• What does your target audience expect?
    • What do they find of value?
    • What are they looking for in a future employer?
    • What tools are they using to find jobs?

    The answers of these questions will vary depending upon the age, experience and lifestyle of your target audience. Gen X professionals will have different expectations than Gen Y and millennials.

  3. Why would your target audience want to work for you?

    What are the most compelling characteristics of your organization? Be objective. It’s about exploring and counting reasons why people would want to join your organization. Compare yourself with others in the industry and analyze your strong and weak points. Remember, the process is about finding what you currently offer and not about what you aspire to be when you have the right candidate on board. Think about:

    • Work culture
    • Compensation and benefits
    • Work schedules
    • Employee wellness/healthcare facilities
    • Paid off-time and other benefits

    If you think, these are not up to the mark, address these problems before you begin with your employer branding campaign takes off the ground.

  4. What is the hiring process at your organization?

    Critically analyze the hiring process at your organization. Sometimes, application process is so casual that potential candidates don’t even apply for an opening. Or the job description looks really boring. Look at your hiring process from a candidate’s point of view. What would compel you to apply for a job?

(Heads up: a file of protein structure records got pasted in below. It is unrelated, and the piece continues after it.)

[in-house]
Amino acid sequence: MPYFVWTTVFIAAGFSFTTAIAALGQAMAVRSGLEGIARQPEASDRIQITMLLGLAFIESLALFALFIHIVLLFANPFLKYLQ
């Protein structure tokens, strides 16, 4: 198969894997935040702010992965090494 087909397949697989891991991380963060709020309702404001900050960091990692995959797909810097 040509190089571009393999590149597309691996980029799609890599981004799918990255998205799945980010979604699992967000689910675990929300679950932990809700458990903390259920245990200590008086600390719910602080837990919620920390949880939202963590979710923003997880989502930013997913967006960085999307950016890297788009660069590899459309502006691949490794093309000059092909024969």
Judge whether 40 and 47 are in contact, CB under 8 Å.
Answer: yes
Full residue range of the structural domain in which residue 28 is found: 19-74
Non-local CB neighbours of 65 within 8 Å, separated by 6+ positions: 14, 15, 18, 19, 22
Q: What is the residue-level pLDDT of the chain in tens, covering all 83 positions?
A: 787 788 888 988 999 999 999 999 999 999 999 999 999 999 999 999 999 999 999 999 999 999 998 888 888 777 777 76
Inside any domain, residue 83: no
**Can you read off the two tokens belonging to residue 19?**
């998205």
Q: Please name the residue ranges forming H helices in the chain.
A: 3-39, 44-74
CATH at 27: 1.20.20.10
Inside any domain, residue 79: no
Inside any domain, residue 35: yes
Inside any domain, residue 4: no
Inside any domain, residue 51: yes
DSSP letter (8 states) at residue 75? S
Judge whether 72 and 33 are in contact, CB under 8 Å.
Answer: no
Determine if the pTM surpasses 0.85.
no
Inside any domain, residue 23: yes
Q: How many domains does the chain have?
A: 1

And if they are applying, do they ever receive a confirmation email from you? Take these factors into account and identify the loopholes in the process.

  5. What is the current perception about you internally and in the job market?

    What your previous and existing employees have to say about you? Are they spreading good things about you? Do they love working for the company? No, if the employee turnover rate is high.

    The number of resumes and type of candidates applying for jobs at your organizations must give you sufficient hints about how you’re perceived in the job market. You should try and understand how this is affecting your ability to attract the right people. Find out the reasons and work towards eliminating them.

Once you find answers to all these questions, you can build a strategy defining how to go about employer brand creation. However, it’s important to remember that employer branding is:

  • A comprehensive recruiting strategy
  • A meticulously defined and focused corporate message
  • A long term vision
  • Not an advertising campaign
  • Not a short term movement
  • Not a quick fix

Strategic Approach to Employer Branding

Organizations are compelled to take a strategic approach to employer branding. This is because workplace is now a psychological battlefield, containing millennials as a bigger chunk. And they have an upper hand because they can multitask; they are tech-savvy; they want to try out everything; they have least hesitations; they know how to walk the talk; their priorities are simple and straight; and they want to do only what they love to do.